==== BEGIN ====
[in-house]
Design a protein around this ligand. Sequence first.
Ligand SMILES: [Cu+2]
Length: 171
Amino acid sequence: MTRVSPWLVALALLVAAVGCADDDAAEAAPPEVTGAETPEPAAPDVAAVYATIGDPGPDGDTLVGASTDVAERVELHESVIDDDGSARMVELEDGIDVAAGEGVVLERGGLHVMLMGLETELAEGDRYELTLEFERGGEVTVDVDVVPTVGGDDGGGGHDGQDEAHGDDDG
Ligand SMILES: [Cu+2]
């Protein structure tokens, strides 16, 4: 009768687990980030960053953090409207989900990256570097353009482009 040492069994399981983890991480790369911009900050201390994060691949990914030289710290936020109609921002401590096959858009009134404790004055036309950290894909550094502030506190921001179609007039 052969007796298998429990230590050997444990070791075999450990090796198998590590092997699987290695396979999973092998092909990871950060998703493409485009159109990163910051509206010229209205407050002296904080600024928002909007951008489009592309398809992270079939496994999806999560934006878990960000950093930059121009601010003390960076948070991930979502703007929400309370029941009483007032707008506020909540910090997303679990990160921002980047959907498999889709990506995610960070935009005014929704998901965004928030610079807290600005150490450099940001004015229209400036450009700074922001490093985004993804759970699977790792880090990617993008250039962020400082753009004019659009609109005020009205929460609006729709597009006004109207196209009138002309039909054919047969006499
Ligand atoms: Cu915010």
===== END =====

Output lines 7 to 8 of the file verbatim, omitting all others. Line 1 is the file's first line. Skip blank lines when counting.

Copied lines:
């Protein structure tokens, strides 16, 4: 009768687990980030960053953090409207989900990256570097353009482009 040492069994399981983890991480790369911009900050201390994060691949990914030289710290936020109609921002401590096959858009009134404790004055036309950290894909550094502030506190921001179609007039 052969007796298998429990230590050997444990070791075999450990090796198998590590092997699987290695396979999973092998092909990871950060998703493409485009159109990163910051509206010229209205407050002296904080600024928002909007951008489009592309398809992270079939496994999806999560934006878990960000950093930059121009601010003390960076948070991930979502703007929400309370029941009483007032707008506020909540910090997303679990990160921002980047959907498999889709990506995610960070935009005014929704998901965004928030610079807290600005150490450099940001004015229209400036450009700074922001490093985004993804759970699977790792880090990617993008250039962020400082753009004019659009609109005020009205929460609006729709597009006004109207196209009138002309039909054919047969006499
Ligand atoms: Cu915010």